Ferrari team principal Mattia Binotto has revealed the shameful memory of Michael Schumacher's Austrian Grand Prix victory from 20 years ago is fuelling his philosophy for this year involving Charles Leclerc and Carlos Sainz.
Binotto and head of strategy Ińaki Rueda have come under fire on several occasions so far this season given the strategic calls that have been made and backfired against the Scuderia.
Leclerc, in particular, has been left particularly distraught following decisions made that have gone against him in the Monaco and British Grands Prix.
In Austria, the two drivers stumbled over themselves at the start of the sprint which allowed Red Bull rival Max Verstappen to take a comfortable victory.
At present, Leclerc still has the upper hand over Sainz following the Spanish driver's unfortunate power unit blow-up at the Red Bull Ring, leaving the Monégasque 37 points ahead of his team-mate and 38 behind Verstappen.
Explaining his thinking behind allowing his drivers to race, Binotto said: "First, what we are trying to do is maximise the team points at each race.
"Obviously, the two championships are too close, so by maximising the team points, I'm pretty sure as well we are maximising the drivers’ opportunity by taking points from their opponents.
"And the opponents should not be Charles for Carlos and Carlos for Charles, but certainly Max, Lewis [Hamilton] and the others, so that’s the way we see it."
Ferrari happy to see Leclerc and Sainz fighting
Expanding further on the team's viewpoint, Binotto insisted each instance in which a driver is favoured will be taken on a race-by-race basis until the championship dictates otherwise.
"The fastest car on track is the one which is prioritised, and we believe by doing so, certainly at this time of the championship, it’s the best thing we can do," insisted Binotto.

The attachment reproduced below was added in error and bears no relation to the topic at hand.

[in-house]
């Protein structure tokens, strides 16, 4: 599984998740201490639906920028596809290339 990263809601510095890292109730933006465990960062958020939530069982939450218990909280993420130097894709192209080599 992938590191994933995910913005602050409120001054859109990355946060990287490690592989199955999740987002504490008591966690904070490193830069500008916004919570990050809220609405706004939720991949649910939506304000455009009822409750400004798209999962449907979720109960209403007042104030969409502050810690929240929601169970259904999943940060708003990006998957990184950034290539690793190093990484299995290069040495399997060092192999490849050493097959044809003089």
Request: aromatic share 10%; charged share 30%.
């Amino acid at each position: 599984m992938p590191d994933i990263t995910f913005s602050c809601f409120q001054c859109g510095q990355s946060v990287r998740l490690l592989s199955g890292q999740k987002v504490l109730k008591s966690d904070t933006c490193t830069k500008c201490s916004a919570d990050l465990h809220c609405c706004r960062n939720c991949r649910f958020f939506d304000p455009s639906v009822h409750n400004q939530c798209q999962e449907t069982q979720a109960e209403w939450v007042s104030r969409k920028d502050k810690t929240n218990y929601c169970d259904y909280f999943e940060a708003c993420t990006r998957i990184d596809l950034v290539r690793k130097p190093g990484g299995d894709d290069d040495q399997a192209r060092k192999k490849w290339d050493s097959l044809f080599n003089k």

"If, later in the championship, one of the two drivers gets most of the opportunities, certainly we will try to give him full priority but it's not the situation right now.
"So we need to cope with it, and I'm pretty happy to see those two drivers fighting."
Binotto recalls Schumacher/Barrichello booing
Binotto recognises, however, he is often in a no-win situation when it comes to determining the tactics, leading to his recollection of the furore that followed Ferrari's decision at the 2002 Austrian Grand Prix.
On that occasion, Barrichello was on course for victory, only to be told to slow down on the final lap, leading to Schumacher narrowly crossing the line first ahead of the forlorn Brazilian.
"I know that when there are team orders everybody's blaming us because we should have a free fight," assessed Binotto.
"But when we allow a free fight you should have team orders, so whatever you're doing is always wrong.
"And I remember 20 years ago in Austria - I heard the booing from the grandstands because I was here - so it's always delicate, and every single person after a race knows how we should deal with situations.
"But again, what we are trying to do is maximise the team points, which I'm pretty sure is the right choice."